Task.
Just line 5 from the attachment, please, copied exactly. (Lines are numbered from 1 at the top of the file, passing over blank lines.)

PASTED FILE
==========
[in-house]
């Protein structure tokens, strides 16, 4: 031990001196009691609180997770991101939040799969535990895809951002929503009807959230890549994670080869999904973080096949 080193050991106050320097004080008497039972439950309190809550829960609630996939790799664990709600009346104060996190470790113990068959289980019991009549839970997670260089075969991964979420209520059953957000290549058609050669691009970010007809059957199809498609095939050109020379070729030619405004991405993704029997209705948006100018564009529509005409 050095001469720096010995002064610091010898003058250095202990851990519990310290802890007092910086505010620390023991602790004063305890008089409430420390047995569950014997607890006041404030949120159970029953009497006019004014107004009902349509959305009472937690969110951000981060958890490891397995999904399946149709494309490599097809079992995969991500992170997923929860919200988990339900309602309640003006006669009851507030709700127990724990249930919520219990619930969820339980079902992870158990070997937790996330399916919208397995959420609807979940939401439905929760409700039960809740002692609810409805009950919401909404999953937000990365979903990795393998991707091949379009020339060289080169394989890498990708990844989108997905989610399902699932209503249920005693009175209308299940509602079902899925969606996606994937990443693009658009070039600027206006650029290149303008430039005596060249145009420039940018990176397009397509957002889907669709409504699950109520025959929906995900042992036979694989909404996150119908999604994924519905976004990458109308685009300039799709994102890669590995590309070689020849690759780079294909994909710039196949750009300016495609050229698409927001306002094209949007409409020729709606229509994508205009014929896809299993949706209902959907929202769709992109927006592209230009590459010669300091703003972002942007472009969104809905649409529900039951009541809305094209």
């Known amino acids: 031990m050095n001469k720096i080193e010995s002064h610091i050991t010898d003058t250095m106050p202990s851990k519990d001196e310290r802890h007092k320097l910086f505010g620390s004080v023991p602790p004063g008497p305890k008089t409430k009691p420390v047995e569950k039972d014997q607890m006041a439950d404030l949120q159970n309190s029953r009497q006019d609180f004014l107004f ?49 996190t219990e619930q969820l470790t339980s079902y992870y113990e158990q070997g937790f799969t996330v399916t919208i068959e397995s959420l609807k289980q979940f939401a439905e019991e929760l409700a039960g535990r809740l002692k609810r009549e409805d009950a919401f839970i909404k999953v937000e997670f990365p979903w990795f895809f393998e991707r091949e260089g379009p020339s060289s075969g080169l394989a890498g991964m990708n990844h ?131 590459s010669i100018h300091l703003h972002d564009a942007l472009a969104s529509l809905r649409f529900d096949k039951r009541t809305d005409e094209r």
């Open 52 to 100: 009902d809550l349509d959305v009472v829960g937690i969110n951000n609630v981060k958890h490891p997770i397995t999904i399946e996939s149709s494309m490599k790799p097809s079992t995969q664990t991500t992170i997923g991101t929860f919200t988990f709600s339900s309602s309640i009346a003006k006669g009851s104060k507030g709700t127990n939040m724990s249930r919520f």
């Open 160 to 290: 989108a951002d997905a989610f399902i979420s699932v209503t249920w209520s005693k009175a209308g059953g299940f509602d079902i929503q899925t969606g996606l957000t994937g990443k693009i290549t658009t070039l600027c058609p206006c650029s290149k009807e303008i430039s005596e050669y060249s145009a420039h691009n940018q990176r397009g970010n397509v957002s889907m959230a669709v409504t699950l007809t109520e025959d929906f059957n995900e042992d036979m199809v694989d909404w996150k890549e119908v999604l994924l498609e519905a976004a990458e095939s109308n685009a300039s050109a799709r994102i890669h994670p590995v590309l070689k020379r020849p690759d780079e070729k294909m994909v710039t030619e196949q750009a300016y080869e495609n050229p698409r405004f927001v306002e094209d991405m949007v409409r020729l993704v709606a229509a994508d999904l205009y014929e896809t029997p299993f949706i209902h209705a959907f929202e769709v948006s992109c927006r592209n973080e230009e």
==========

């Open 160 to 290: 989108a951002d997905a989610f399902i979420s699932v209503t249920w209520s005693k009175a209308g059953g299940f509602d079902i929503q899925t969606g996606l957000t994937g990443k693009i290549t658009t070039l600027c058609p206006c650029s290149k009807e303008i430039s005596e050669y060249s145009a420039h691009n940018q990176r397009g970010n397509v957002s889907m959230a669709v409504t699950l007809t109520e025959d929906f059957n995900e042992d036979m199809v694989d909404w996150k890549e119908v999604l994924l498609e519905a976004a990458e095939s109308n685009a300039s050109a799709r994102i890669h994670p590995v590309l070689k020379r020849p690759d780079e070729k294909m994909v710039t030619e196949q750009a300016y080869e495609n050229p698409r405004f927001v306002e094209d991405m949007v409409r020729l993704v709606a229509a994508d999904l205009y014929e896809t029997p299993f949706i209902h209705a959907f929202e769709v948006s992109c927006r592209n973080e230009e």